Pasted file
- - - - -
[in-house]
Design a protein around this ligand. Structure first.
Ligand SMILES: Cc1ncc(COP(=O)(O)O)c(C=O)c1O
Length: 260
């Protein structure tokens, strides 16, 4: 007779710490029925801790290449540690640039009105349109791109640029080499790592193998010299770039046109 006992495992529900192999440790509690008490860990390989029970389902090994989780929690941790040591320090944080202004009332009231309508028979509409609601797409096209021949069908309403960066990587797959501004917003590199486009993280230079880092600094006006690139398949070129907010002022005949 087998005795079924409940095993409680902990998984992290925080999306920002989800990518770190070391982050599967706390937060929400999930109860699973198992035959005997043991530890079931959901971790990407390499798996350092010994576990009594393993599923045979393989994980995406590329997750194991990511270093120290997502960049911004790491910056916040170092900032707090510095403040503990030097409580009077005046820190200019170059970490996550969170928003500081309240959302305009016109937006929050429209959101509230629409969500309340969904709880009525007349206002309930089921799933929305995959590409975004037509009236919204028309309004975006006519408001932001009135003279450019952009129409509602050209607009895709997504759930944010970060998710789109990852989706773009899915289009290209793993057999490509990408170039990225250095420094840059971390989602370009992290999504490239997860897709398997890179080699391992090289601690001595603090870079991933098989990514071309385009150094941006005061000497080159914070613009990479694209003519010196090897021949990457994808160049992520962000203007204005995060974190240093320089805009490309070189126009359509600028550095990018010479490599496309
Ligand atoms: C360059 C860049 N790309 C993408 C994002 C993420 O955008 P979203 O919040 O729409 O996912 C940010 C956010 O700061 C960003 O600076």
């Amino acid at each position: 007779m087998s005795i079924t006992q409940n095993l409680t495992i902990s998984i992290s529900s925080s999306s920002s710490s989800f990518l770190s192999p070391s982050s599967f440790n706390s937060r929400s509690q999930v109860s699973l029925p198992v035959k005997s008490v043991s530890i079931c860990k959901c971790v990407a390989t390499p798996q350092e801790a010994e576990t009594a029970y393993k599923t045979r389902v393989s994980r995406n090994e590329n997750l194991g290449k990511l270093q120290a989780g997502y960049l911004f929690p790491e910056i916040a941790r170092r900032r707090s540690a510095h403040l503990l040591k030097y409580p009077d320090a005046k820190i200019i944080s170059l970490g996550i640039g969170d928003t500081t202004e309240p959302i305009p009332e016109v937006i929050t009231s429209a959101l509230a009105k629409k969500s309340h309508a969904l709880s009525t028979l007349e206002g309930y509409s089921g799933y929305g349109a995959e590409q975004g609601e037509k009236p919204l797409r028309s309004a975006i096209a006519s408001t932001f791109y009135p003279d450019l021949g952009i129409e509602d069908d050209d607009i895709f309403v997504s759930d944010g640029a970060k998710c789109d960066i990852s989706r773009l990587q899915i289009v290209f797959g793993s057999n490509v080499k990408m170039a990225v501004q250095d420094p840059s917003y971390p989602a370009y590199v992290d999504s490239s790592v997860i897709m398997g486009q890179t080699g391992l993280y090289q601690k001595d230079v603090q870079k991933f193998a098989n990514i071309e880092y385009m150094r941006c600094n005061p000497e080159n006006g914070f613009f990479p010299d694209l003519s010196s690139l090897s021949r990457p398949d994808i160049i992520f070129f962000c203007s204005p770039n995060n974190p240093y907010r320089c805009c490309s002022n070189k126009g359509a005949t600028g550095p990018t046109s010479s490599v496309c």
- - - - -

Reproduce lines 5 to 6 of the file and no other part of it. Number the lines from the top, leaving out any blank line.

């Protein structure tokens, strides 16, 4: 007779710490029925801790290449540690640039009105349109791109640029080499790592193998010299770039046109 006992495992529900192999440790509690008490860990390989029970389902090994989780929690941790040591320090944080202004009332009231309508028979509409609601797409096209021949069908309403960066990587797959501004917003590199486009993280230079880092600094006006690139398949070129907010002022005949 087998005795079924409940095993409680902990998984992290925080999306920002989800990518770190070391982050599967706390937060929400999930109860699973198992035959005997043991530890079931959901971790990407390499798996350092010994576990009594393993599923045979393989994980995406590329997750194991990511270093120290997502960049911004790491910056916040170092900032707090510095403040503990030097409580009077005046820190200019170059970490996550969170928003500081309240959302305009016109937006929050429209959101509230629409969500309340969904709880009525007349206002309930089921799933929305995959590409975004037509009236919204028309309004975006006519408001932001009135003279450019952009129409509602050209607009895709997504759930944010970060998710789109990852989706773009899915289009290209793993057999490509990408170039990225250095420094840059971390989602370009992290999504490239997860897709398997890179080699391992090289601690001595603090870079991933098989990514071309385009150094941006005061000497080159914070613009990479694209003519010196090897021949990457994808160049992520962000203007204005995060974190240093320089805009490309070189126009359509600028550095990018010479490599496309
Ligand atoms: C360059 C860049 N790309 C993408 C994002 C993420 O955008 P979203 O919040 O729409 O996912 C940010 C956010 O700061 C960003 O600076």